Independent Spending in New Jersey Governor’s Election Already a New High at $38 million


With more than $4 million in outside group spending just since Monday in the New Jersey governor’s
race, independent spending for the election is well into record territory, according to reports filed with the New Jersey Election Law Enforcement Commission (ELEC).

Combined spending by these groups in the general election is now $25.2 million. Together with $13.4
million in pre-primary and primary spending, the total for the entire election is $38.6 million. The numbers are preliminary since the election isn’t until Tuesday, November 2.

ELEC SPENDING UPDATE:  The RGA just dropped another $616,764 not factored into the data tables presented here.

Table 1
Independent Spending in New Jersey Gubernatorial Elections Since 2009
2009 $ 2,161,802 $11,918,366 $14,080,168
2013 $13,011,027 $ 8,339,592 $21,350,619
2017 $ 9,123,371 $15,380,781 $24,504,152
2021 (preliminary) $13,412,705 $25,179,835 $38,592,540

“Even this preliminary total already is a 57 percent increase over the previous high of $24.5 million in
2017,” said Jeff Brindle, ELEC’s Executive Director. “For more than a decade, we at ELEC have spoken about the growing influence of these so-called outside or independent groups. This year’s election already has taken it to new heights.”

Part of the late influx this past week included nearly $2 million in late spending by the Democratic and
Republican Governors’ Associations. Their combined spending in 2021 has now topped their 2017 total.
The Republican Governors Association (RGA) has outspent the Democratic Governors Association
(DGA) $3.1 million to $2.7 million. The $5.9 million in combined spending total tops the $5.5 million spent here during the 2017 campaign, when Democratic Governor Phil Murphy first won election.

Murphy is running for reelection this year against Republican and former Republican state Assemblyman Jack Ciattarelli. He also is DGA’s finance chairman.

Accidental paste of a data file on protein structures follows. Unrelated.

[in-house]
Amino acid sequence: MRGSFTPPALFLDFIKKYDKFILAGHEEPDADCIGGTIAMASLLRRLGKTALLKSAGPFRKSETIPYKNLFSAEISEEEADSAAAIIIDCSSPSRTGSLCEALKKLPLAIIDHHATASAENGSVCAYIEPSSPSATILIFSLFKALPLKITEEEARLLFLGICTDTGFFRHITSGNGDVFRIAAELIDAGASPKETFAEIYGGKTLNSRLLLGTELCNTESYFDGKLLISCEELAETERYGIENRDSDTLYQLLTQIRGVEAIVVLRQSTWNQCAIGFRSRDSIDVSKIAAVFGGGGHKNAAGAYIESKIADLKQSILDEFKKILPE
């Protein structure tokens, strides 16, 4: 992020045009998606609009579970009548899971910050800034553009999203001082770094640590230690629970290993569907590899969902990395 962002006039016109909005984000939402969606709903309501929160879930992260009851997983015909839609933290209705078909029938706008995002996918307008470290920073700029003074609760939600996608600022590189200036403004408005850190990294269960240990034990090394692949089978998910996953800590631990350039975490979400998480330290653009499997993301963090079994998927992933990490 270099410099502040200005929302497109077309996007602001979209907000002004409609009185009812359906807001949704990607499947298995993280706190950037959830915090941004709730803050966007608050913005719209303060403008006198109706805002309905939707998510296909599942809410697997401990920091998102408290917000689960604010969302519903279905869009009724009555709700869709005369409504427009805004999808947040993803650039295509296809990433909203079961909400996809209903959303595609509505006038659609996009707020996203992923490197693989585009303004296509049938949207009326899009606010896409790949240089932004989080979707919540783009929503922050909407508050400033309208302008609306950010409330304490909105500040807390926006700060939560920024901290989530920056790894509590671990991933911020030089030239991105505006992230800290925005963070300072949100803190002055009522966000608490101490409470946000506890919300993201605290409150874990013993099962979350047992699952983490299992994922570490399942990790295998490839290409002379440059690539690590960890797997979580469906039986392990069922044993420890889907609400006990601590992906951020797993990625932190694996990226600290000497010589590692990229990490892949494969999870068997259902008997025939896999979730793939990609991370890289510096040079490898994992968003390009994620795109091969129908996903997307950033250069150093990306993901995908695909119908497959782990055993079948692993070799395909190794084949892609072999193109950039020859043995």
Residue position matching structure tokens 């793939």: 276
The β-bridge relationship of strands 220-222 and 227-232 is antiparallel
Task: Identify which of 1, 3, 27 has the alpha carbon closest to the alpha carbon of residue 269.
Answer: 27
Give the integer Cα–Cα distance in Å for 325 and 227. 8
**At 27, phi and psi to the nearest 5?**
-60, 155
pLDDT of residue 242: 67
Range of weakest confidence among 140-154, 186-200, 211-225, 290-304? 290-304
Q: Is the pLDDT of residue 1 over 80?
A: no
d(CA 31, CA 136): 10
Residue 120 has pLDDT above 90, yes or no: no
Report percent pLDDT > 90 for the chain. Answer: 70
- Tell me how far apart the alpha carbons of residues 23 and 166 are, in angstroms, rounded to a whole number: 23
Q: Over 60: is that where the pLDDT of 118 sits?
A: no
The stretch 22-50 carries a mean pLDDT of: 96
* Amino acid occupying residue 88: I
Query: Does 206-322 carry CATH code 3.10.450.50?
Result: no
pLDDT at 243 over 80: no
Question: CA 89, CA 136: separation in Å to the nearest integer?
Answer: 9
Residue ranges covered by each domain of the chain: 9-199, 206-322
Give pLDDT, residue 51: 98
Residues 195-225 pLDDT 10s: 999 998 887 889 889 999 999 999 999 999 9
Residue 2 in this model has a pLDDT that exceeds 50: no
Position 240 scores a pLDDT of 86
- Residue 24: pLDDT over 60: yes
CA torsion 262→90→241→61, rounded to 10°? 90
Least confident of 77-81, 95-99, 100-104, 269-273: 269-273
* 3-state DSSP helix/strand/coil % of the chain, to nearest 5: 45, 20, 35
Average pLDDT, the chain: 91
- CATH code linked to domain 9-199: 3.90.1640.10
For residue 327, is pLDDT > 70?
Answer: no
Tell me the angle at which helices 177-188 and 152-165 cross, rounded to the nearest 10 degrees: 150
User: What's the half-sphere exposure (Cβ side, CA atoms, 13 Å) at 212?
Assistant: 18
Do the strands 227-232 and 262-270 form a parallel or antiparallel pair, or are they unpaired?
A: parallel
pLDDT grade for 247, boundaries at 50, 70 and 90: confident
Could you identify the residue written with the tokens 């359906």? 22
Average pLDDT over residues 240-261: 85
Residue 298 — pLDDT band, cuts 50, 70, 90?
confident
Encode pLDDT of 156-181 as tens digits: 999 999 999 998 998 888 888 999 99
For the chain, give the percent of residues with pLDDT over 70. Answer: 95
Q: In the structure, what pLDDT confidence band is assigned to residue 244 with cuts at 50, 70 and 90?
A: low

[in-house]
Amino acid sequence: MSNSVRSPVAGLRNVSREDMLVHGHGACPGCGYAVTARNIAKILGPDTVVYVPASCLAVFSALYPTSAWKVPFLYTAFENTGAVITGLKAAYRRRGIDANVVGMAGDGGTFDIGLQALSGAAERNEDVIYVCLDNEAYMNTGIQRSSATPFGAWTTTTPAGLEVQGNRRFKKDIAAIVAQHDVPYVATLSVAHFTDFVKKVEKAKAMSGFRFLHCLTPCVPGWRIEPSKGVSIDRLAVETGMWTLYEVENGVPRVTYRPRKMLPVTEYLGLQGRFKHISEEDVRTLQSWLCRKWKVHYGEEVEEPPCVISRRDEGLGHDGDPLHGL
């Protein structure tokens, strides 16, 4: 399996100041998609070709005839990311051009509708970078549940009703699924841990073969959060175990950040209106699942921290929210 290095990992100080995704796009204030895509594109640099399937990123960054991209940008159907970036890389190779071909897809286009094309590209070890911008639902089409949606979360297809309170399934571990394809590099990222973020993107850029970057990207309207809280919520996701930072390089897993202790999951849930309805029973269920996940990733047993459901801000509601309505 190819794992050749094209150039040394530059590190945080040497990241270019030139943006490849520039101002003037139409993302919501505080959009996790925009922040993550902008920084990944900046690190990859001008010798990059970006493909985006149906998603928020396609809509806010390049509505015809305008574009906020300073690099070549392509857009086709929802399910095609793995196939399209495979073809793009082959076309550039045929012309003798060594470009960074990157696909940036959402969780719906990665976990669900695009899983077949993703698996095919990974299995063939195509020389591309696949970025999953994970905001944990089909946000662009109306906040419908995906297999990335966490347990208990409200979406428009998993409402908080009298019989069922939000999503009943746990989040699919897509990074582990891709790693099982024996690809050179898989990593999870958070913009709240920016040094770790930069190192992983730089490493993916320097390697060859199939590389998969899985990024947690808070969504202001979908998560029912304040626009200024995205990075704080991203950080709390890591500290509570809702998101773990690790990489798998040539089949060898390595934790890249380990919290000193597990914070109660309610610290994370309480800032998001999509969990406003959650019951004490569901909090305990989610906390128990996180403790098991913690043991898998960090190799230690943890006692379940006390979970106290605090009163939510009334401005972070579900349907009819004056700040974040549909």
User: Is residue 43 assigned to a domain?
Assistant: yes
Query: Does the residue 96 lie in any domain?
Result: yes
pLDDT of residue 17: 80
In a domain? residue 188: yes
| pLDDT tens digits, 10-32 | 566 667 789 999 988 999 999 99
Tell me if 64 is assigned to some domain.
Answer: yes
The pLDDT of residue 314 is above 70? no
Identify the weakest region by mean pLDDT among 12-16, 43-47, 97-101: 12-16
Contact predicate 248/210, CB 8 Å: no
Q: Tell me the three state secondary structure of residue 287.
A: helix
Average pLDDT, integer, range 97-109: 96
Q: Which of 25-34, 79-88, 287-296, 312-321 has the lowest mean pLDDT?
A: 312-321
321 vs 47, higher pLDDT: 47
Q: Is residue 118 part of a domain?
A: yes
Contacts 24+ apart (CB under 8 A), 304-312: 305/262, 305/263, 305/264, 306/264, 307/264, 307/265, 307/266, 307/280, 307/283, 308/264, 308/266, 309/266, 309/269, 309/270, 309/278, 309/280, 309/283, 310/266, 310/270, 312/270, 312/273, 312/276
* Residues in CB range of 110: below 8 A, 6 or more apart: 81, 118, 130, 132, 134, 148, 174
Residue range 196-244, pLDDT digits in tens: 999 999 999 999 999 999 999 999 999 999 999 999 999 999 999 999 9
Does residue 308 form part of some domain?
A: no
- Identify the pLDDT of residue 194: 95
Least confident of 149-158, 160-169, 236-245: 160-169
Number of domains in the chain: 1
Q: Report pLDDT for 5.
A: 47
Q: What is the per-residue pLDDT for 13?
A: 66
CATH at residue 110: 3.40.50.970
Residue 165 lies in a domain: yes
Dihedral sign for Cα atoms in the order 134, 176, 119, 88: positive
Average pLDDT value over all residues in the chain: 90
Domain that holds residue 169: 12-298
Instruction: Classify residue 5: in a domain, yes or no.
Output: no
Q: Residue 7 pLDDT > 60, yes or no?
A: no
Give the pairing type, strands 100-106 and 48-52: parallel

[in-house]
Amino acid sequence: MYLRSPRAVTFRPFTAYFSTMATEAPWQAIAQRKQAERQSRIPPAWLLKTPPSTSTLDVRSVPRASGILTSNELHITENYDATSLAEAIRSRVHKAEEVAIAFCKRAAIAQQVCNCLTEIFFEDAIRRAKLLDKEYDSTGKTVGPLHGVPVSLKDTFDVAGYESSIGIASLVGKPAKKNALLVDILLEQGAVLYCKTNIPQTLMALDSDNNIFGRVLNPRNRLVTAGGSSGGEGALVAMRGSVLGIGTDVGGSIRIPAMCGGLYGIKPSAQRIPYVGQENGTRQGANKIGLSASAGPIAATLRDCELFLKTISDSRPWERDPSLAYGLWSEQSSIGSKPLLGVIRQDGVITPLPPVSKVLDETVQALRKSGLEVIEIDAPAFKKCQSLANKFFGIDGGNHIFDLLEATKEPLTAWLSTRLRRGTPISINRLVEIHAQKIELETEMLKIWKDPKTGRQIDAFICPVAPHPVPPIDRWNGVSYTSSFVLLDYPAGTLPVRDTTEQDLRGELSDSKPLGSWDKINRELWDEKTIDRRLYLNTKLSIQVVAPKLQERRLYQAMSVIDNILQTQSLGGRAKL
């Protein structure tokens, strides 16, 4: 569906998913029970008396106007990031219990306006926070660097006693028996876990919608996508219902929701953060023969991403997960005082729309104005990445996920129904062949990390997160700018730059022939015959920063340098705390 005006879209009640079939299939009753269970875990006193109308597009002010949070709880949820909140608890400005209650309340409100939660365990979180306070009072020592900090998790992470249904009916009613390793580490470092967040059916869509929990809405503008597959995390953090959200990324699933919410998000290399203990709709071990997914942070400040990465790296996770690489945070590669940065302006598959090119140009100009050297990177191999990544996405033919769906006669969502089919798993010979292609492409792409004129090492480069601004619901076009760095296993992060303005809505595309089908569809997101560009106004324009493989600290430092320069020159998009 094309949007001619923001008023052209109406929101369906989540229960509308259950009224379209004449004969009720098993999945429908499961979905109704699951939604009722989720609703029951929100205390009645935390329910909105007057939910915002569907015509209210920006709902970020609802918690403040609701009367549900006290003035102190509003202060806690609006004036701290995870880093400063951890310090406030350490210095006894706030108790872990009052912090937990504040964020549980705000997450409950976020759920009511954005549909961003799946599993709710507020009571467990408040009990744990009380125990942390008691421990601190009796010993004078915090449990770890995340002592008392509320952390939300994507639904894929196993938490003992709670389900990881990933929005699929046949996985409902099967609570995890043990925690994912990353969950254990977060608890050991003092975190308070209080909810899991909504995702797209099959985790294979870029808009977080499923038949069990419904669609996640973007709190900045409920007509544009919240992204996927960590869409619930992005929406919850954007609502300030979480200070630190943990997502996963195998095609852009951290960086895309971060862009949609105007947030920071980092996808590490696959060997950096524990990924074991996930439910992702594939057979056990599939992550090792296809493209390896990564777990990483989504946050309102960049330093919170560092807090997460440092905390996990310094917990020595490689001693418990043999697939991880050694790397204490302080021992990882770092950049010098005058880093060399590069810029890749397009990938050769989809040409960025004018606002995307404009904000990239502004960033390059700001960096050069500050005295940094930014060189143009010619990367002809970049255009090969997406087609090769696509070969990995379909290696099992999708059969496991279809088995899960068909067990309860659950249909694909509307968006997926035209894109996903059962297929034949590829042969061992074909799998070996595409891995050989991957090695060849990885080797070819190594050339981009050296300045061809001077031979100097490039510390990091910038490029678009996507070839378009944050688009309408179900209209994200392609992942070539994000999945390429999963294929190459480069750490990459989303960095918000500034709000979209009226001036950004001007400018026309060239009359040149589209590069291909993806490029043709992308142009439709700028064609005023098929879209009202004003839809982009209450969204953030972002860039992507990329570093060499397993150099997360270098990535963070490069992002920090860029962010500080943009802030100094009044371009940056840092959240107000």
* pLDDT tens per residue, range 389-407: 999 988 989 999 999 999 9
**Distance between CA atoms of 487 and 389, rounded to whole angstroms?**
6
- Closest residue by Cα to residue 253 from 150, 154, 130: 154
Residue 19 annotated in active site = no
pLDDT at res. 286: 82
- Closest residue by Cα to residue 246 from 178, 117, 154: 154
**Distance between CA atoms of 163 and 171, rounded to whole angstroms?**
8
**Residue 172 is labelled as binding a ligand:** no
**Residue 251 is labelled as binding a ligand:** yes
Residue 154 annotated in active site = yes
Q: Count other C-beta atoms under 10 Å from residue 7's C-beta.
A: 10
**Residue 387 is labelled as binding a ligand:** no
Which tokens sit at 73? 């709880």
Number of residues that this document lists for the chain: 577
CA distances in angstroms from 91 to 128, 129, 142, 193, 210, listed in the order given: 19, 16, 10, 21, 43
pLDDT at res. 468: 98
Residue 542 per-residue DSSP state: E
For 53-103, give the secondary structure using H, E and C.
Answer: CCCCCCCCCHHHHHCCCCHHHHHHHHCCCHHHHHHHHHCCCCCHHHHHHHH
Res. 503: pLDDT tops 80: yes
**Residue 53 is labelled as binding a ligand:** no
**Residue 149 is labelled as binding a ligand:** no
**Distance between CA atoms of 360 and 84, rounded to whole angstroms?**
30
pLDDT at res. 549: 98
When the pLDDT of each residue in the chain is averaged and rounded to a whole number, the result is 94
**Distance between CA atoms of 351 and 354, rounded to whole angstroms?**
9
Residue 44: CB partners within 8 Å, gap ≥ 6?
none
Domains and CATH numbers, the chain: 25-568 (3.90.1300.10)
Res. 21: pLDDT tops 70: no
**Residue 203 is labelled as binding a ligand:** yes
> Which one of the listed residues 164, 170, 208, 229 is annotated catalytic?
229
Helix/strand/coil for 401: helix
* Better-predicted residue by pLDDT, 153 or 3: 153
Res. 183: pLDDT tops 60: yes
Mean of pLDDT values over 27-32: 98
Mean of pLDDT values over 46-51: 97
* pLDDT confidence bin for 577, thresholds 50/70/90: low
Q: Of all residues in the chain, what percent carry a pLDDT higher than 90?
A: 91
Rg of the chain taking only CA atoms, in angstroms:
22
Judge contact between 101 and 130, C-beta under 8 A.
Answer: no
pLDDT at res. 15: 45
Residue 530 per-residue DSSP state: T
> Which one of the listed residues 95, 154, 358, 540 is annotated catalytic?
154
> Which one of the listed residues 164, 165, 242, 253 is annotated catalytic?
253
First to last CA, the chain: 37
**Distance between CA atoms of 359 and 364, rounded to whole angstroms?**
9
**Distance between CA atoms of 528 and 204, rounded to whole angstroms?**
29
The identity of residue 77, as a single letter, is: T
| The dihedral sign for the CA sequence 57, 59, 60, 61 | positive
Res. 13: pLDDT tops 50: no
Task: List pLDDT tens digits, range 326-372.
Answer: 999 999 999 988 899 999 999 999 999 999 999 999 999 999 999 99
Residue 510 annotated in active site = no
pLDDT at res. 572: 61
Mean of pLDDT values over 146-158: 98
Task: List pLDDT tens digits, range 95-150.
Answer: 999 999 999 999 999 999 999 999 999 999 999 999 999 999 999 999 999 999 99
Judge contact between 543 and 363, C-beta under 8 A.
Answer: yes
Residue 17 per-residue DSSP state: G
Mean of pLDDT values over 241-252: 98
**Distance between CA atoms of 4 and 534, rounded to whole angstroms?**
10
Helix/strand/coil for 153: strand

ELEC’s last overview of gubernatorial campaign activity was released the morning of October 25.

RGA spent $996,902 on television advertising that afternoon. DGA on October 26 contributed $1 million
to Our NJ, a state political committee set up by DGA to support Murphy’s candidacy. On October 27, Our NJ spent $1.1 million on television, radio and digital ads as well as fund-raising.

Another major Murphy supporter is New Jersey Education Association, the state’s largest union. It
operates Garden State Forward, a federal 527 political organization.

On October 25, it contributed $500,000 to Committee to Build the Economy, another New Jersey political committee that backs the governor.

It spent $475,000 on October 26 and 27 on consulting, digital ads and handouts.

To date, Garden State Forward has given $3 million to Build the Economy and $2.5 million to Our NJ.

Combined with candidate spending, the general election already has cost more than $50 million while
the total election has surpassed $80 million.

The most expensive gubernatorial election was the $87.8 million showdown between Democratic U.S.
Senator Jon Corzine and Republican Doug Forrester in 2005. It was mostly financed by their personal fortunes and would cost more than $123 million in today’s dollars.

The next ELEC overview of gubernatorial campaign finance activity will be released November 24.

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